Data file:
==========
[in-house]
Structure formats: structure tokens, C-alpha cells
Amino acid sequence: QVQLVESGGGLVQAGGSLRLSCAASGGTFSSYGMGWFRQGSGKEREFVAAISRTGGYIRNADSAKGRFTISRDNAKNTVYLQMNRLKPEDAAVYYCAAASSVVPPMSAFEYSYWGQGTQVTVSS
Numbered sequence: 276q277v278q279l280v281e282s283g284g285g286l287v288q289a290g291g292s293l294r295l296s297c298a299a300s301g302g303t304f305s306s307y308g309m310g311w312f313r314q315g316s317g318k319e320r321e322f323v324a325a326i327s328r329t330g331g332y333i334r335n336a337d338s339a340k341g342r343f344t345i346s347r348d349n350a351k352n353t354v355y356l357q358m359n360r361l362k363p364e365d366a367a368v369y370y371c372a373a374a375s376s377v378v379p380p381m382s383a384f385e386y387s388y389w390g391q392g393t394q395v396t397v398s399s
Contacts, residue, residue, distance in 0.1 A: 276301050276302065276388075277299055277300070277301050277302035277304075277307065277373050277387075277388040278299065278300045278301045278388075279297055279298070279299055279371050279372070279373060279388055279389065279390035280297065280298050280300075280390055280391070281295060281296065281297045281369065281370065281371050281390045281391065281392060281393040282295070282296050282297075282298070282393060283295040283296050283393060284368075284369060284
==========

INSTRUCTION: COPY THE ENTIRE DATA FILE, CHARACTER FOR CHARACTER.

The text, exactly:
[in-house]
Structure formats: structure tokens, C-alpha cells
Amino acid sequence: QVQLVESGGGLVQAGGSLRLSCAASGGTFSSYGMGWFRQGSGKEREFVAAISRTGGYIRNADSAKGRFTISRDNAKNTVYLQMNRLKPEDAAVYYCAAASSVVPPMSAFEYSYWGQGTQVTVSS
Numbered sequence: 276q277v278q279l280v281e282s283g284g285g286l287v288q289a290g291g292s293l294r295l296s297c298a299a300s301g302g303t304f305s306s307y308g309m310g311w312f313r314q315g316s317g318k319e320r321e322f323v324a325a326i327s328r329t330g331g332y333i334r335n336a337d338s339a340k341g342r343f344t345i346s347r348d349n350a351k352n353t354v355y356l357q358m359n360r361l362k363p364e365d366a367a368v369y370y371c372a373a374a375s376s377v378v379p380p381m382s383a384f385e386y387s388y389w390g391q392g393t394q395v396t397v398s399s
Contacts, residue, residue, distance in 0.1 A: 276301050276302065276388075277299055277300070277301050277302035277304075277307065277373050277387075277388040278299065278300045278301045278388075279297055279298070279299055279371050279372070279373060279388055279389065279390035280297065280298050280300075280390055280391070281295060281296065281297045281369065281370065281371050281390045281391065281392060281393040282295070282296050282297075282298070282393060283295040283296050283393060284368075284369060284